At Bob’s Clam Hut, the aroma in the parking lot and at the outdoor picnic tables to the side of the sprawling clamatorium is car-culture bliss: hot oil bubbling in fry kettles that yield gorgeous tan whole-belly clams, pillowy scallops, buff shrimp, snowy-fleshed fish and chips, and some of the crustiest onion rings anywhere along the shore.
Ambience at Bob’s isn’t what you’d call idyllic. The road is noisy, and directly across it is a cluster of factory outlet stores. One might argue that this is a truly authentic Maine setting, considering that outlet stores are as typical of the state’s lower coast as lobster piers.
The method of ordering and getting food at Bob’s is the traditional Yankee clam hut ritual. Read the posted menu then place your order and pay in advance. If it is summer and you are outside in the bright sun, you will not see anything in the darkened interior, including the person taking your order, and it is all done so fast your eyes don’t adjust. No matter. The order-taker hands you a number, then you dawdle outside around the pick-up window (different from the order window) until your number is called over a loud speaker. Dine either from the dashboard of your car, indoors at utilitarian tables and counter, or at one of Bob’s blue-checked picnic tables.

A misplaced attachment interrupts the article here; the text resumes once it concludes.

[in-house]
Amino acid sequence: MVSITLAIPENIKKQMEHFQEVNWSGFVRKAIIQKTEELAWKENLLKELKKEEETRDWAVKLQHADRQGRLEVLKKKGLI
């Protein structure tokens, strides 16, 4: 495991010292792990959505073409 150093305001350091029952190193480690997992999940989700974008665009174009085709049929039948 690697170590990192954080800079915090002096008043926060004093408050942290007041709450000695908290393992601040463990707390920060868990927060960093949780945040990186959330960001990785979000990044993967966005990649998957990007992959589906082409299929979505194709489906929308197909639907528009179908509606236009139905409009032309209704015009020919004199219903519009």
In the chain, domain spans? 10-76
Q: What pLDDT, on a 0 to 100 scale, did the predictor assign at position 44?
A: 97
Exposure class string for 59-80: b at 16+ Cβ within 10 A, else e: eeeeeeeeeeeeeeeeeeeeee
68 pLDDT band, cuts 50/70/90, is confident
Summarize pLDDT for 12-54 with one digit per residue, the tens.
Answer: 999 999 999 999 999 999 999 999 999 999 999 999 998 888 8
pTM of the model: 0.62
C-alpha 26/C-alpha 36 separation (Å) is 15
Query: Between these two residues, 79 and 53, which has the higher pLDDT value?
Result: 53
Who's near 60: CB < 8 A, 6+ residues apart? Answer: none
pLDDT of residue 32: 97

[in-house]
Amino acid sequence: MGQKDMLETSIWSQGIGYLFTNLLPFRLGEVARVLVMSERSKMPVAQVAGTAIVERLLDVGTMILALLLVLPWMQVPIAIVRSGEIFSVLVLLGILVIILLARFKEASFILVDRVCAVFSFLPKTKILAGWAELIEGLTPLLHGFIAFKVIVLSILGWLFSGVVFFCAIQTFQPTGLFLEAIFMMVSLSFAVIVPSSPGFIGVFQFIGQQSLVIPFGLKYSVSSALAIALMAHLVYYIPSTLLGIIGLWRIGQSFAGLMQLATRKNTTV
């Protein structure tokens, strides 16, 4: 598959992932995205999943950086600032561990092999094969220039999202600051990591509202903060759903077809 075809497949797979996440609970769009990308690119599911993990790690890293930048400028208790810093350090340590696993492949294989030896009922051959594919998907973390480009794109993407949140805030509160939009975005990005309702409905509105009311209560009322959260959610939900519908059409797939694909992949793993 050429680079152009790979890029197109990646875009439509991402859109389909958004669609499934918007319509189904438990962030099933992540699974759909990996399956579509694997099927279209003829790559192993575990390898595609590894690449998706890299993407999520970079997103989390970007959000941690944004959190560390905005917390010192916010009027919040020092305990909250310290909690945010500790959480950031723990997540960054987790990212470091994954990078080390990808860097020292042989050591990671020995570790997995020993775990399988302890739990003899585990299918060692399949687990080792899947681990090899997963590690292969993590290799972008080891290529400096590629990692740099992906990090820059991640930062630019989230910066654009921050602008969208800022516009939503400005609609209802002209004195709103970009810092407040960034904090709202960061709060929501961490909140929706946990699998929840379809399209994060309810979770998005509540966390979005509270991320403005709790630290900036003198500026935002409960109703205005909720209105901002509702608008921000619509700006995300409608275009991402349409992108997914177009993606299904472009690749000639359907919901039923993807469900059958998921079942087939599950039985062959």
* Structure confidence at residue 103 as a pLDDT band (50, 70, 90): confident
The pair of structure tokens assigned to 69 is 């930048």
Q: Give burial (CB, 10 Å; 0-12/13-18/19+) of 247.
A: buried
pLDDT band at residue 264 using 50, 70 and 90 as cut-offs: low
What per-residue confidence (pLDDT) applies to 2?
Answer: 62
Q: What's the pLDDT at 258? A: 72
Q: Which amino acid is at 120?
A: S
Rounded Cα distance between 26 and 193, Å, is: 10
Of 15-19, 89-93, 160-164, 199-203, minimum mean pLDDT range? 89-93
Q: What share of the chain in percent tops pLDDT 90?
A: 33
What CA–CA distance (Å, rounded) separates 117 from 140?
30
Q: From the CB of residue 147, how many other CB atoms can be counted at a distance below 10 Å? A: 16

Seafood rolls are showpieces at Bob’s, most of them featuring one of the hot fried foods heaped into a top-sliced bun and served with pale twiggy French fries, secret recipe tartar sauce, and a couple of pickle slices on a porous paperboard plate. The fried fare is good, but this also is a fine place for a lobster roll, hot or cold. The bun is nice and warm — buttered and grilled until toasty golden brown on both sides; the lobster meat inside is either faintly warm or faintly chilled, depending on how you order it. There is plenty of meat, the cold lobster roll bound with just enough mayonnaise, the hot one gilded with melted butter.